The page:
Irma Boom
Introduction by Rem Koolhaas
Text by Mathieu Lommen
Lecturis, Eindhoven, the Netherlands, 2013 (2nd ed.), English
Nonfiction, Graphic Design
15.2 x 11.4 x 3.2 cm, paperback, 800 pages, 515 illustrations
ISBN: 9789462260351
Suggested Retail Price: $45.50

From The University of Amsterdam, Special Collections. A revised and updated reprint of the Irma Boom miniature monograph Biography in Books (2010) in two formats: a miniature book and an XXL edition. In partnership with the University of Amsterdam’s Special Collections, Lecturis is now publishing a significantly revised and updated reprint of the 2010 work. Two different formats are being printed, containing identical content: a miniature book (41.4 x 54.0 mm) and an XXL edition, measuring 345 x 455 mm and weighing in at 7.5 kg. Both books (in English) have a stitched softcover binding and colored edges and are packed in (different) boxes.

Maria Popova, in a review for Designers & Books, called the mini edition “a micro-manifesto for the printed book at its most alive.”

Also See Irma Boom: Biography in Books.

On 1 book list
Maria Popova

“A book is proof that humans are capable of working magic,” Carl Sagan memorably asserted, and nowhere is the physical making of a book more akin to the making of magic than in the work of Dutch book designer and artist Irma Boom—the youngest-ever recipient of the prestigious Gutenberg Prize and a denizen of the permanent collection of the Museum of Modern Art, which includes more than 50 of her books. The Architecture of the Book is a design memoir of sorts that offers a complete overview of her work in 800 tiny pages that measure 1.75 inches by 2.15 inches.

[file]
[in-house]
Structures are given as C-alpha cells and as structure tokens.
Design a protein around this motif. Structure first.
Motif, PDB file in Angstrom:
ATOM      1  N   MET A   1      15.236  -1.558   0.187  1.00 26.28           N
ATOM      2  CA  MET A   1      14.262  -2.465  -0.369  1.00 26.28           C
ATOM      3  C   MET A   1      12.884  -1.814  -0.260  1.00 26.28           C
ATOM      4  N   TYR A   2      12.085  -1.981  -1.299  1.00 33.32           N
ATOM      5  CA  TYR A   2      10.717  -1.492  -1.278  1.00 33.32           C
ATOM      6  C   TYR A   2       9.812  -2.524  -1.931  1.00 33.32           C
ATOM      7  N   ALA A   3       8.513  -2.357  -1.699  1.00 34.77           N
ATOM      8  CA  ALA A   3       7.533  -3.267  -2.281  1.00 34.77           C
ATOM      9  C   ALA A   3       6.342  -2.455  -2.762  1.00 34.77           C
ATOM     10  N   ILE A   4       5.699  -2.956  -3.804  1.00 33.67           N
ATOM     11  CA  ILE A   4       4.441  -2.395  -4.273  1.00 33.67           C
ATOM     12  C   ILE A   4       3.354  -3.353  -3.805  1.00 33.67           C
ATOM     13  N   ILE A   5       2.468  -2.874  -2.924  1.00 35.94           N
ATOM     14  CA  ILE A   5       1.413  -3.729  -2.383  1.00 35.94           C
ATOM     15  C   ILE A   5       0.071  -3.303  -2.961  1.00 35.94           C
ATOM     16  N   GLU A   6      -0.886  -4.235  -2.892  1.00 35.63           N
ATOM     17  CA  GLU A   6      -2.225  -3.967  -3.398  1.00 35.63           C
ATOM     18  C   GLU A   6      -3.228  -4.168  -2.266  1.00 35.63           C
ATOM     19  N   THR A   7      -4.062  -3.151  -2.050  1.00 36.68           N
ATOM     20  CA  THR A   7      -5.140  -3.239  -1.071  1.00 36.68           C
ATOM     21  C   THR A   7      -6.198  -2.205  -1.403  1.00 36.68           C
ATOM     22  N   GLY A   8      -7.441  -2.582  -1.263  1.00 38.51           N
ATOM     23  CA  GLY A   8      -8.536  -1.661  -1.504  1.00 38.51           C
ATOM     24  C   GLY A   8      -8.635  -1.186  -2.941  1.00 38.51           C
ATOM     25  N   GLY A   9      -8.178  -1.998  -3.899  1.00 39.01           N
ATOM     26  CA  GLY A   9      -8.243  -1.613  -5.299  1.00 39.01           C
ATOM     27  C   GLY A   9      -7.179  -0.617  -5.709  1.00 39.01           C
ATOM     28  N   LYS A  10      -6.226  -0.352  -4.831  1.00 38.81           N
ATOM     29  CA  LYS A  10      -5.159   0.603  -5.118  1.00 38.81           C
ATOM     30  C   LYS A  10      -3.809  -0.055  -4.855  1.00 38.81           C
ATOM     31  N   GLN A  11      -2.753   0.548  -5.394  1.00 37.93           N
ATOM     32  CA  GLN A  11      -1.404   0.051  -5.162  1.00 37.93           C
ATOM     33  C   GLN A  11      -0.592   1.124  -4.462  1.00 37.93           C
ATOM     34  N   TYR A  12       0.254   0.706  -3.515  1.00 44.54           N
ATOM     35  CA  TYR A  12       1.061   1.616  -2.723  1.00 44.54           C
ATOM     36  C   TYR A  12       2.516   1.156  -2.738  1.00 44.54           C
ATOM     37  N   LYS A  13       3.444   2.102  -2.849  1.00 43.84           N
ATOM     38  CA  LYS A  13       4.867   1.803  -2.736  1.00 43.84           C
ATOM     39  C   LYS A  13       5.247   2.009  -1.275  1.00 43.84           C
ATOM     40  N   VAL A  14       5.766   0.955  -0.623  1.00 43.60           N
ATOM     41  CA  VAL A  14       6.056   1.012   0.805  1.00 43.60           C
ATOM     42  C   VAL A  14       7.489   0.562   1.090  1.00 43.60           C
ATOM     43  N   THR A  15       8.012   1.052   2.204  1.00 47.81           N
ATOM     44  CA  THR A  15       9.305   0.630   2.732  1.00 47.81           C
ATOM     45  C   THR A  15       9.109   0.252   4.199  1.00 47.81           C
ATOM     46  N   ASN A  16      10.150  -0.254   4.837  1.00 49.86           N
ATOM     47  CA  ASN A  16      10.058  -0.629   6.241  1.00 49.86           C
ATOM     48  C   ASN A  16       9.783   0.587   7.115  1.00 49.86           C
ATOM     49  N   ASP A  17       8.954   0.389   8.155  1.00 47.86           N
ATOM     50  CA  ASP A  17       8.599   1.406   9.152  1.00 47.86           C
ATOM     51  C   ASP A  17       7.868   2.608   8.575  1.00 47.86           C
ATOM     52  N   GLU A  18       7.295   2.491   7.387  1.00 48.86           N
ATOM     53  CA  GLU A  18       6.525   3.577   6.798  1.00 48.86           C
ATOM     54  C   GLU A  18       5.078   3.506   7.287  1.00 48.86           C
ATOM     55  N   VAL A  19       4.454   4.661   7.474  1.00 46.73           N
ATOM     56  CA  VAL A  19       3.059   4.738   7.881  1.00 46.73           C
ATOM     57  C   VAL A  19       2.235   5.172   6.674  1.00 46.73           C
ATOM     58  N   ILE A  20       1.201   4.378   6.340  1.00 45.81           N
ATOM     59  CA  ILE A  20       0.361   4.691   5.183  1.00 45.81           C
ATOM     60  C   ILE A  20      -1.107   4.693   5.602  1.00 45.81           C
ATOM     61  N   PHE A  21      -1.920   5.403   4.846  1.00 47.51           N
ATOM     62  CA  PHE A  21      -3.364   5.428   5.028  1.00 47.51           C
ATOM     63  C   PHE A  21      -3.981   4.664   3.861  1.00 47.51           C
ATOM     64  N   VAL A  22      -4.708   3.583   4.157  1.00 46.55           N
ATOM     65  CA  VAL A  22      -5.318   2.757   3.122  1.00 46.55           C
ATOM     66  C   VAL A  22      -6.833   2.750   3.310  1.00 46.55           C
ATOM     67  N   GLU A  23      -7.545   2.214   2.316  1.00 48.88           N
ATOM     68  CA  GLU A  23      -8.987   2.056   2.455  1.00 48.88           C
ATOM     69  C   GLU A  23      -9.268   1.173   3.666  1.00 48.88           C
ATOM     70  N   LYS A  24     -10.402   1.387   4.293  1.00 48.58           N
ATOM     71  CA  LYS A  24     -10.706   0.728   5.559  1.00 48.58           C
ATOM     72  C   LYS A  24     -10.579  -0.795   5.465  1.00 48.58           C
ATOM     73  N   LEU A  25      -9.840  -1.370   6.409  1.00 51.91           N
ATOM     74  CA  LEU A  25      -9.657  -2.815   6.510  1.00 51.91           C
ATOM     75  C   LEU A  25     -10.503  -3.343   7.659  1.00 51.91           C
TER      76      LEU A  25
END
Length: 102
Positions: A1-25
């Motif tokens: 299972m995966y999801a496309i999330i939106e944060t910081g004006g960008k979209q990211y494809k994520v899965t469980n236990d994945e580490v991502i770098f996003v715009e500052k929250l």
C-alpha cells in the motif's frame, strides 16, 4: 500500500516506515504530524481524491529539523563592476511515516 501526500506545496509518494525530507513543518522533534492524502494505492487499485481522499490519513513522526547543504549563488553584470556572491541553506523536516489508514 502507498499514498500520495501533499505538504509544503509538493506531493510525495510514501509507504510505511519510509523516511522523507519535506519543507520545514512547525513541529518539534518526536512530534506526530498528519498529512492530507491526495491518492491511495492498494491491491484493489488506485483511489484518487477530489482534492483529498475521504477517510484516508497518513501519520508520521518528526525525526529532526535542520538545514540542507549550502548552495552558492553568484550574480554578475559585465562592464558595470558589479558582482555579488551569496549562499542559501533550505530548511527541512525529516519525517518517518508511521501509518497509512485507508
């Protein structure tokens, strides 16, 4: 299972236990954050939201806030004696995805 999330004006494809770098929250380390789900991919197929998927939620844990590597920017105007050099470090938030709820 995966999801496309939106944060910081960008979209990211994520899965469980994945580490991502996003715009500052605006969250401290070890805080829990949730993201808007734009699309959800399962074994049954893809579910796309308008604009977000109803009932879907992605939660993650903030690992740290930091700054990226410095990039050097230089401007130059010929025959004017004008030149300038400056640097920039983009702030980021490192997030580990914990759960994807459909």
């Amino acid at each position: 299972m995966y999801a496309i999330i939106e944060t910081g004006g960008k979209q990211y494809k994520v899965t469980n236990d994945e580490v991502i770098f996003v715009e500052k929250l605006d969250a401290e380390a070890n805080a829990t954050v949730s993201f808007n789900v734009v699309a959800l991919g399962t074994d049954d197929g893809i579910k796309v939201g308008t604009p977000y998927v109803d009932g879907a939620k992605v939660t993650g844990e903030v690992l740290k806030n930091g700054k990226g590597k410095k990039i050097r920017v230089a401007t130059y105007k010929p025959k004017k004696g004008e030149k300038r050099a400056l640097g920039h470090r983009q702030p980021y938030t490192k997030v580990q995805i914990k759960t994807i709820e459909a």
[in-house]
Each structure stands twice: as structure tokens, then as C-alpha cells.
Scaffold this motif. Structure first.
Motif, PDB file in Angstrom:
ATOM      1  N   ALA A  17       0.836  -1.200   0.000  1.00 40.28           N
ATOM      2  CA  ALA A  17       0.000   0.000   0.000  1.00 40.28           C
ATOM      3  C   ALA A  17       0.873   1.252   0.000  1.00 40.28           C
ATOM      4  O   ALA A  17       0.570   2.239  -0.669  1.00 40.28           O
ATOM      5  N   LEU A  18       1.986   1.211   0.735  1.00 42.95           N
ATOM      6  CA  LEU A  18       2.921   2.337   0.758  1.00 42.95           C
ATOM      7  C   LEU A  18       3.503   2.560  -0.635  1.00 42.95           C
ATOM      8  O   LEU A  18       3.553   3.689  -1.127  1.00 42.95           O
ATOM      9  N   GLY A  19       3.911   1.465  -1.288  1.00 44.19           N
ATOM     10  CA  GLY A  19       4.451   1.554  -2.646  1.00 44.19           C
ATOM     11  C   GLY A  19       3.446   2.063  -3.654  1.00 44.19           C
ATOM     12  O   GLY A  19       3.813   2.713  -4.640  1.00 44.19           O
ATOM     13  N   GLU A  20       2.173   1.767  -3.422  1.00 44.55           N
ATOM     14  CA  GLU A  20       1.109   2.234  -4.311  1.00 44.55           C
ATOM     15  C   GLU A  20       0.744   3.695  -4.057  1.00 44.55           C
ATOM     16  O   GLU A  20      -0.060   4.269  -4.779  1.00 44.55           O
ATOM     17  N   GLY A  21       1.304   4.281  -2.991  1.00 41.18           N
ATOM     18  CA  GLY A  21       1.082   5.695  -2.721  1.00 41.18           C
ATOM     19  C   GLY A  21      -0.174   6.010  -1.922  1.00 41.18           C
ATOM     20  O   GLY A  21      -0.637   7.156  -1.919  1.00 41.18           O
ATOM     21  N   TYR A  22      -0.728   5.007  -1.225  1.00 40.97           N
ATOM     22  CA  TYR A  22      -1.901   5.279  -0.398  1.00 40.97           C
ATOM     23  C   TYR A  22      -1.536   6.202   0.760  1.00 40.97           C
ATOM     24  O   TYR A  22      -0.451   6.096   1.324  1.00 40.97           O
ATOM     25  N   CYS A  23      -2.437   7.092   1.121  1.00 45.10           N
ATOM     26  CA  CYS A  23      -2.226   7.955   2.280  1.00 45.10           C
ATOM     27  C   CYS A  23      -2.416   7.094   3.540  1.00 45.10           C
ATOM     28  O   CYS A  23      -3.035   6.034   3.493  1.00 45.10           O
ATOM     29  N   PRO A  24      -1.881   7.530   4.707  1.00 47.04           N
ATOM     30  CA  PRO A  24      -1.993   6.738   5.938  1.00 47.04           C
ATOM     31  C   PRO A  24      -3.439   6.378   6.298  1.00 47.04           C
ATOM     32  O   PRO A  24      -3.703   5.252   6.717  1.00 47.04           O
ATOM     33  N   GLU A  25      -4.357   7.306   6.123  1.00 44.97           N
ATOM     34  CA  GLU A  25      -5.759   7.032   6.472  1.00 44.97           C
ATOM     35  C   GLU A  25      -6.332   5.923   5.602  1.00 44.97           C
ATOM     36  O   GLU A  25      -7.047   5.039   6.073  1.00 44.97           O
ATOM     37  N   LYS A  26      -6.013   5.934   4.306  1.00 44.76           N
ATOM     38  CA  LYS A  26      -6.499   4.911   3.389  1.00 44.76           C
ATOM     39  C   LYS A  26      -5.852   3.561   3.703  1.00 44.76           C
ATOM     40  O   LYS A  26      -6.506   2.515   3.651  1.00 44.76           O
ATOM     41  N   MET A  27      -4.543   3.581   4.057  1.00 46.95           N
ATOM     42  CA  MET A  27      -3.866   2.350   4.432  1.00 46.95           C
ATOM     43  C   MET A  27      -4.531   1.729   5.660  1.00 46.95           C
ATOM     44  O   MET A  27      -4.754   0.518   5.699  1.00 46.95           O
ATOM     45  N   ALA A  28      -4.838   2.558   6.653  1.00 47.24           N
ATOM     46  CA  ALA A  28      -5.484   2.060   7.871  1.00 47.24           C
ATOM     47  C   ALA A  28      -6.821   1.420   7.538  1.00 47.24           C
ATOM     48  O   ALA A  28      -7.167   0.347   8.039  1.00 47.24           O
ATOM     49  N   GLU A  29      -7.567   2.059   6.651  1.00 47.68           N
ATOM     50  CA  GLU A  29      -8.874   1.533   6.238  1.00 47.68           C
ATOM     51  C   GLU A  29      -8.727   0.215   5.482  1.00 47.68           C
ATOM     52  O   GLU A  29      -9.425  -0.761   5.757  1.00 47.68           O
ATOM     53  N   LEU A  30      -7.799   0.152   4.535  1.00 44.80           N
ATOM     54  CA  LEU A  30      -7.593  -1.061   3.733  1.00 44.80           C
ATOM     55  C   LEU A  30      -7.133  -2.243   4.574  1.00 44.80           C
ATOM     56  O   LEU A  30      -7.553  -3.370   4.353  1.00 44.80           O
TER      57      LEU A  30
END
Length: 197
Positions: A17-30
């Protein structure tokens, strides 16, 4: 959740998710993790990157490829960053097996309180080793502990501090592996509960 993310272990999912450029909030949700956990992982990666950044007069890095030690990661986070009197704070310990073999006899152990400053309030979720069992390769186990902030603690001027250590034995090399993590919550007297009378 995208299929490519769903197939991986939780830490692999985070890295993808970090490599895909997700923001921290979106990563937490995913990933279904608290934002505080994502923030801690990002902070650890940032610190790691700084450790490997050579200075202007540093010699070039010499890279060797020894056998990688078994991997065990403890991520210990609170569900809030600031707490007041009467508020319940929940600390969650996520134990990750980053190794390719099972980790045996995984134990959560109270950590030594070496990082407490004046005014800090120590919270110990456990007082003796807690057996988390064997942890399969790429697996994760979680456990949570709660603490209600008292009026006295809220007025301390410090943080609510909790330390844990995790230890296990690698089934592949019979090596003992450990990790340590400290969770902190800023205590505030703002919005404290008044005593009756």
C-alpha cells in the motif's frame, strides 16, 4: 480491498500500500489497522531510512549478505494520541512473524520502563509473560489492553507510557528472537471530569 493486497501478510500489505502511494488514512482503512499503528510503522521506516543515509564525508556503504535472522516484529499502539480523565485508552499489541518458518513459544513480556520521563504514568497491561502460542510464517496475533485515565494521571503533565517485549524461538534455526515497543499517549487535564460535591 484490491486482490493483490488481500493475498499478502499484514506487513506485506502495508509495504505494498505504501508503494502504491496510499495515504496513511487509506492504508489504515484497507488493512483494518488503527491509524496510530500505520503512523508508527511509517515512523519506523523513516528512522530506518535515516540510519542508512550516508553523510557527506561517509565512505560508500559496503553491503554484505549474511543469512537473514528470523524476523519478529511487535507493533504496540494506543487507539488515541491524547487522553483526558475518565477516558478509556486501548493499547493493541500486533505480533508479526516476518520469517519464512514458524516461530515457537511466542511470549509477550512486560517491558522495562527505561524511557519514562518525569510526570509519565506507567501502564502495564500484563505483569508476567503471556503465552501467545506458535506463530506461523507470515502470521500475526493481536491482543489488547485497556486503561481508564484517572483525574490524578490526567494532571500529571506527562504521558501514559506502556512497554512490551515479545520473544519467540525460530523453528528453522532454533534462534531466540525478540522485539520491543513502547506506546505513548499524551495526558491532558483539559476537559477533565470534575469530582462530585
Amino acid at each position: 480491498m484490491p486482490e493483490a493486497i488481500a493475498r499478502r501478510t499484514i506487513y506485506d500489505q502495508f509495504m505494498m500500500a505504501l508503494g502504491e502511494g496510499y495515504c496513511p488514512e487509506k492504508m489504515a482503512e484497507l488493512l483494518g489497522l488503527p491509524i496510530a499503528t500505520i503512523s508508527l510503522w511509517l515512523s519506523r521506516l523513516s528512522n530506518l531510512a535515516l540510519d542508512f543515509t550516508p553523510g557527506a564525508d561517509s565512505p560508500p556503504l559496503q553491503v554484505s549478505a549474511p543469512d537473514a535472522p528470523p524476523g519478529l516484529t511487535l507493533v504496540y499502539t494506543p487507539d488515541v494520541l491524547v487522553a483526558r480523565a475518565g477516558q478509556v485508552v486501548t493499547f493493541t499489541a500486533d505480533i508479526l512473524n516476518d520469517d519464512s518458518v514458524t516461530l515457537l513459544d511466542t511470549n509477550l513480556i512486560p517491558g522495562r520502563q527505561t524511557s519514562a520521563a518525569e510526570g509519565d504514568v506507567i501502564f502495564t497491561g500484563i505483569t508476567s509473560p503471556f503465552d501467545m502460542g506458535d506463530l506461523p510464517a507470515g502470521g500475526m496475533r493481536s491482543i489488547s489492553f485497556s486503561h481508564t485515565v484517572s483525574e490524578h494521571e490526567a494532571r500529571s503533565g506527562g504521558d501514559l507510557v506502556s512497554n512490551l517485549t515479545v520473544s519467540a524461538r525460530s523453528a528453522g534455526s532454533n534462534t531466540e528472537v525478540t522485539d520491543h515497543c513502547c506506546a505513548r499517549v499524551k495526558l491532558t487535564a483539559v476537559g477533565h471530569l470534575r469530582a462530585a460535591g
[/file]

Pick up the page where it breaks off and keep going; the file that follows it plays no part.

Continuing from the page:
Observing the rise of digital text and e-books, Boom defies the typical dystopian narrative of print-traditionalists and instead argues that the competition between these two media “encourages us to explore the intrinsic characteristics of the printed book more intensely.” Rather than a challenge, she sees in this an opportunity for a kind of Renaissance and argues that “we stand on the verge of a new flourishing of the classic book.”

And, indeed, what Boom has created here is a micro-manifesto for the printed book at its most alive. In an era when e-books boast interactivity and responsiveness as an advantage over the static printed page, Boom reverses this proposition. Her books, while physical, are highly interactive—they offer a reason for reflection and bear a responsive relationship between the content and the empathic form, the former always dictating the latter. For, as Susan Sontag wrote in her diary, “all great art contains at its center contemplation, a dynamic contemplation”—and what Boom brings to the book is precisely this: a dynamic contemplation.

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